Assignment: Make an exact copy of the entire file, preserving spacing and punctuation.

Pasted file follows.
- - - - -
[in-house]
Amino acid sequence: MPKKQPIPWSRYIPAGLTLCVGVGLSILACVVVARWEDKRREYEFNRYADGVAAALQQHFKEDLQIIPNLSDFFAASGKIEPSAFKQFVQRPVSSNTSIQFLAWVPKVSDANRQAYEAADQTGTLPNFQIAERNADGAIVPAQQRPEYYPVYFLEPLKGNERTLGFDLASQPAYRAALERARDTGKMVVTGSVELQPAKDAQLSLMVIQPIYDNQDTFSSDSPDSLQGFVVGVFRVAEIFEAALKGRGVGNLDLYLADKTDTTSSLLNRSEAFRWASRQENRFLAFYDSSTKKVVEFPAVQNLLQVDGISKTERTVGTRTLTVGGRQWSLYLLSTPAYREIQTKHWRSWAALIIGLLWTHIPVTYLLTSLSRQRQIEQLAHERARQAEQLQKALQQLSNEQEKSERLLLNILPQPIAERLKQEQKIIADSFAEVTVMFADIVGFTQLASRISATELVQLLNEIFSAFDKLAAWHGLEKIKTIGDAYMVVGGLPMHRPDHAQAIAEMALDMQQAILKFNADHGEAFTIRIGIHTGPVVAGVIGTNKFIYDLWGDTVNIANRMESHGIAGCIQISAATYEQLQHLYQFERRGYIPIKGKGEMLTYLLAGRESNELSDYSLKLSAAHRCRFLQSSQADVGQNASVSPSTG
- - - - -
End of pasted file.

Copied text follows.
[in-house]
Amino acid sequence: MPKKQPIPWSRYIPAGLTLCVGVGLSILACVVVARWEDKRREYEFNRYADGVAAALQQHFKEDLQIIPNLSDFFAASGKIEPSAFKQFVQRPVSSNTSIQFLAWVPKVSDANRQAYEAADQTGTLPNFQIAERNADGAIVPAQQRPEYYPVYFLEPLKGNERTLGFDLASQPAYRAALERARDTGKMVVTGSVELQPAKDAQLSLMVIQPIYDNQDTFSSDSPDSLQGFVVGVFRVAEIFEAALKGRGVGNLDLYLADKTDTTSSLLNRSEAFRWASRQENRFLAFYDSSTKKVVEFPAVQNLLQVDGISKTERTVGTRTLTVGGRQWSLYLLSTPAYREIQTKHWRSWAALIIGLLWTHIPVTYLLTSLSRQRQIEQLAHERARQAEQLQKALQQLSNEQEKSERLLLNILPQPIAERLKQEQKIIADSFAEVTVMFADIVGFTQLASRISATELVQLLNEIFSAFDKLAAWHGLEKIKTIGDAYMVVGGLPMHRPDHAQAIAEMALDMQQAILKFNADHGEAFTIRIGIHTGPVVAGVIGTNKFIYDLWGDTVNIANRMESHGIAGCIQISAATYEQLQHLYQFERRGYIPIKGKGEMLTYLLAGRESNELSDYSLKLSAAHRCRFLQSSQADVGQNASVSPSTG